30 November, 2010

'What is the What?' - Dave Eggers

Dave Eggers launched a genre with his 'memoir' A Heartbreaking Work of Staggering Genius. By taking a premise of truth and muddling it with embellishment, exaggeration and fabrication, Eggers presented the world with 'creative non-fiction'.

With What is the What, he continues to defy classification. The book's byline is:

A novel

So which is it? An autobiography or a novel?

Well, are the two in fact mutually exclusive? It's perfectly appropriate for Achak to have engaged someone else to write the book - his grasp of English at the time when the project began (2003) was insufficient to produce the book himself. But why 'a novel'? Eggers actually explains this decision in an essay on the Valentino Achak Deng Foundation website: after two years working on the book, including a visit to Sudan, he found the non-fiction narrative too much like oral histories that had already been published to be effective. There was no evocation of place; for Eggers as a writer, no capacity to bring the facts alive for the audience. Eggers realised that he needed to produce a novel, one that replicated Achak's tone, for the book to have effect.

And it works. As much as possible the book sticks to the facts - for example, it's true that Achak's eventual flight to the US to be repatriated was scheduled for September 11, 2001. However, when the story begins, and the murahaleen first attack Achak's hometown of Marial Bai, he was only six years old - his memory of events and locations was not going to be perfect, and it is in fleshing out these details that Eggers the storyteller comes into his own in partnership with Achak, the one who experienced it all.

The book operates on two timelines: a current storyline, when Achak is living in Atlanta, and has been attacked and robbed in his home; and the chronology of fighting, fleeing and refugee life that he experienced in the desert of Sudan and refugee camps of Ethiopia and Kenya. The characters Achak encounters in America, whether they are his assailants, assistants at hospital when he goes for an MRI following the attack, or customers at the gym where he works on reception, become his audience.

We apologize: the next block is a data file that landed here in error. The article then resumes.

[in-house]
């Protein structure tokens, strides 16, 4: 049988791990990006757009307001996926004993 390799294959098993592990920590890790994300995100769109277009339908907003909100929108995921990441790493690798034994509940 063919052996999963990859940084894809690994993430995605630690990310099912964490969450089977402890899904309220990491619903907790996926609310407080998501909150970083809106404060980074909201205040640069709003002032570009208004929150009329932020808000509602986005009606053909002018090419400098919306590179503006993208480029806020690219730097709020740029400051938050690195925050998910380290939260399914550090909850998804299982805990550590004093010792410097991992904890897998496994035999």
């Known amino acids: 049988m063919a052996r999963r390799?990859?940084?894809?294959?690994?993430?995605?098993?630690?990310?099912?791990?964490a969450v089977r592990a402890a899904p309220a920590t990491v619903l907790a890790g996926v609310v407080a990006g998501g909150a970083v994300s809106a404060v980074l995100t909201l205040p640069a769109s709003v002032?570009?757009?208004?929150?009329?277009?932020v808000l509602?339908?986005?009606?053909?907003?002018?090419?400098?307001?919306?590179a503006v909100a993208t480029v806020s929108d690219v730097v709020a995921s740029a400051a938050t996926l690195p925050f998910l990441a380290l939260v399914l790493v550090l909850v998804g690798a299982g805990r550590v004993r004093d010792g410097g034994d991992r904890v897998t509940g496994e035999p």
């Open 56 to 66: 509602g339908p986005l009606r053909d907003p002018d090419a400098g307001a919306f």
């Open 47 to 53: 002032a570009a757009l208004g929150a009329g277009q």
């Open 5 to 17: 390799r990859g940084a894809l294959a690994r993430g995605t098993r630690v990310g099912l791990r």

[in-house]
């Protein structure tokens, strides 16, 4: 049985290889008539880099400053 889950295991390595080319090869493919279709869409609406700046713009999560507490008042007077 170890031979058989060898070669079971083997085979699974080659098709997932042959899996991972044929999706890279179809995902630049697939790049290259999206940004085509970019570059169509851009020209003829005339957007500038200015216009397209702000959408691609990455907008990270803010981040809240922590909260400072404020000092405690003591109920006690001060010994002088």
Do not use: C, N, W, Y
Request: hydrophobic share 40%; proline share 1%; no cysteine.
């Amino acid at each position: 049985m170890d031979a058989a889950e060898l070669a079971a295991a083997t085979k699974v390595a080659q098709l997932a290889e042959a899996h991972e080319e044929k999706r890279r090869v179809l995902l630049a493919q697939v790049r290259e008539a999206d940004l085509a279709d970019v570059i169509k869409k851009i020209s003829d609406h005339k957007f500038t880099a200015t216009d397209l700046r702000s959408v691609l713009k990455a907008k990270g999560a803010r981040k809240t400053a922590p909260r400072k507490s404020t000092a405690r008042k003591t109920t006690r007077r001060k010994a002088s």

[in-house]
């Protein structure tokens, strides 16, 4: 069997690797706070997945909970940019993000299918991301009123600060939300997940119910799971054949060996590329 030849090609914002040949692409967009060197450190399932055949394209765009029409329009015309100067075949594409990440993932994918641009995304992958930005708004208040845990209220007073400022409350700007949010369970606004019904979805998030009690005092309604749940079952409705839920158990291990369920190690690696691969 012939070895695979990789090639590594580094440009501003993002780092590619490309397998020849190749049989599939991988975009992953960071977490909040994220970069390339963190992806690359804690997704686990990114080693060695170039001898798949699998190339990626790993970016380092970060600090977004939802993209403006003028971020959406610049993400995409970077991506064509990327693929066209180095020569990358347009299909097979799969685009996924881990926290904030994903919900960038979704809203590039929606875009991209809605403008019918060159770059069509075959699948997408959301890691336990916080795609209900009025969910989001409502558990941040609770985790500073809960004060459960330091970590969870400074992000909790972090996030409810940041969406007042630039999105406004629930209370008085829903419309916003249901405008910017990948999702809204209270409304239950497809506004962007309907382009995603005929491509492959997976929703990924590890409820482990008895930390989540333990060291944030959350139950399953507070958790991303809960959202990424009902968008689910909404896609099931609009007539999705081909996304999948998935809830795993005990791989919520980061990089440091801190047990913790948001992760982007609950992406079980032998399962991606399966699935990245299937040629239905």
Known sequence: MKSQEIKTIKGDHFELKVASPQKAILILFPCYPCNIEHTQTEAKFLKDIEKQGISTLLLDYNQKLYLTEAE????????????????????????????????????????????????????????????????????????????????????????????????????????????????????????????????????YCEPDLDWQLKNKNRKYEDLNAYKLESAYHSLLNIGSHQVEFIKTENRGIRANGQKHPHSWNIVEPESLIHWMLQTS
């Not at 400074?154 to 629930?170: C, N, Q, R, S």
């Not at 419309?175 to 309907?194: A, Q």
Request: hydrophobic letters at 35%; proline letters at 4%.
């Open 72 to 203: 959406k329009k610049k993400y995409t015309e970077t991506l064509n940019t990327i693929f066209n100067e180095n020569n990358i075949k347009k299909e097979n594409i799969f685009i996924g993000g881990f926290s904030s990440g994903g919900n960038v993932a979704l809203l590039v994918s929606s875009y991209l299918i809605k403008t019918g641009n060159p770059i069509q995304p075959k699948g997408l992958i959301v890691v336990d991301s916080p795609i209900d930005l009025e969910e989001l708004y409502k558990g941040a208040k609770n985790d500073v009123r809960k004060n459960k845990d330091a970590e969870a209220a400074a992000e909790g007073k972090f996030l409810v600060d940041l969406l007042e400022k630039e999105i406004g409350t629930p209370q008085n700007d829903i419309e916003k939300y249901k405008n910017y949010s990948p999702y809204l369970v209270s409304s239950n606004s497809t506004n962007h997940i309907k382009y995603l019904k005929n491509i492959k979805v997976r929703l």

For this is a story that must be experienced. Part of the reason Eggers and Achak chose the novel form was because it needed to be a visceral story: primary sources were the stuff of textbooks and news reports. The 'real' Achak and the Achak narrating this novel want people to really listen to what happened. To understand that spending thirteen years in a refugee camp, after months of being hunted in the desert; watching friends join the army in their early teens to escape the camp; being separated from every member of your family and believe them dead from the age of six; being forgotten by the world; escaping to America only to discover that noone thought through the realities of refugee resettlement - all of this is part of one problem, a problem that still exists. Sudan is still at war and in poverty.

It's appropriate that there is confusion over what this book is - truth or fabrication. Achak's story is unbelievable, yet it is the reality for him, the other 20,000 lost boys, the millions killed and the millions more still living in Sudan, or indeed in refugee camps. For Achak, the reality of America was unbelievable - that he could be rejected at a college because the parents of 'nice blonde girls' wouldn't want them running into him in the hallway; that it could take 15 hours for him to receive an MRI; that police could ignore robbery and assault.

So the question isn't so much 'what is the truth?', but rather 'what is right' - that these events can happen? - or to take literally the question of the title, 'what is the what'? The 'What' in the story is what Adam and Eve did not take as an alternative when God offered them cattle, which they knew would feed them for many generations. The 'what' is the life Achak would have had if he had not spent 13 years in refugee camps, if he had spent his childhood with his brothers and sisters, if his country had been able to return to farming and self-sufficiency without fear of attack. It's not the life he had, but he is able, regardless, to say with certainty that he remains blessed.